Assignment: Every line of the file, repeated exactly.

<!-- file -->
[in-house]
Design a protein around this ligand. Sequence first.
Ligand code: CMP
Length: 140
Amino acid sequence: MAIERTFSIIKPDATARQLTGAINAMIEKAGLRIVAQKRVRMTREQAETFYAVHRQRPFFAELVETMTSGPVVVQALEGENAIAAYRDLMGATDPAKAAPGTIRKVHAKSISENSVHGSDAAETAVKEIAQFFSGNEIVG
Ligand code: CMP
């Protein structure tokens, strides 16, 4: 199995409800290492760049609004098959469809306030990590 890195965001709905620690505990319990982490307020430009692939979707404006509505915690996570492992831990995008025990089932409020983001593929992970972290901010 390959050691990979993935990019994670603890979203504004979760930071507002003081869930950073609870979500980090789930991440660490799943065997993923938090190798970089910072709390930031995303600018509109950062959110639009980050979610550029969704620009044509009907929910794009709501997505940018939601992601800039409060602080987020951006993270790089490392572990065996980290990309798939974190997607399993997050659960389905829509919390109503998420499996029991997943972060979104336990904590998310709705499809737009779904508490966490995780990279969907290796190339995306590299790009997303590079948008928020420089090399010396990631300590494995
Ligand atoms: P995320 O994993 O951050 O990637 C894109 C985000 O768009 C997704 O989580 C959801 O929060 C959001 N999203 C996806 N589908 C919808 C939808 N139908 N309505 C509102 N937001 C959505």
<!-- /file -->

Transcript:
[in-house]
Design a protein around this ligand. Sequence first.
Ligand code: CMP
Length: 140
Amino acid sequence: MAIERTFSIIKPDATARQLTGAINAMIEKAGLRIVAQKRVRMTREQAETFYAVHRQRPFFAELVETMTSGPVVVQALEGENAIAAYRDLMGATDPAKAAPGTIRKVHAKSISENSVHGSDAAETAVKEIAQFFSGNEIVG
Ligand code: CMP
């Protein structure tokens, strides 16, 4: 199995409800290492760049609004098959469809306030990590 890195965001709905620690505990319990982490307020430009692939979707404006509505915690996570492992831990995008025990089932409020983001593929992970972290901010 390959050691990979993935990019994670603890979203504004979760930071507002003081869930950073609870979500980090789930991440660490799943065997993923938090190798970089910072709390930031995303600018509109950062959110639009980050979610550029969704620009044509009907929910794009709501997505940018939601992601800039409060602080987020951006993270790089490392572990065996980290990309798939974190997607399993997050659960389905829509919390109503998420499996029991997943972060979104336990904590998310709705499809737009779904508490966490995780990279969907290796190339995306590299790009997303590079948008928020420089090399010396990631300590494995
Ligand atoms: P995320 O994993 O951050 O990637 C894109 C985000 O768009 C997704 O989580 C959801 O929060 C959001 N999203 C996806 N589908 C919808 C939808 N139908 N309505 C509102 N937001 C959505």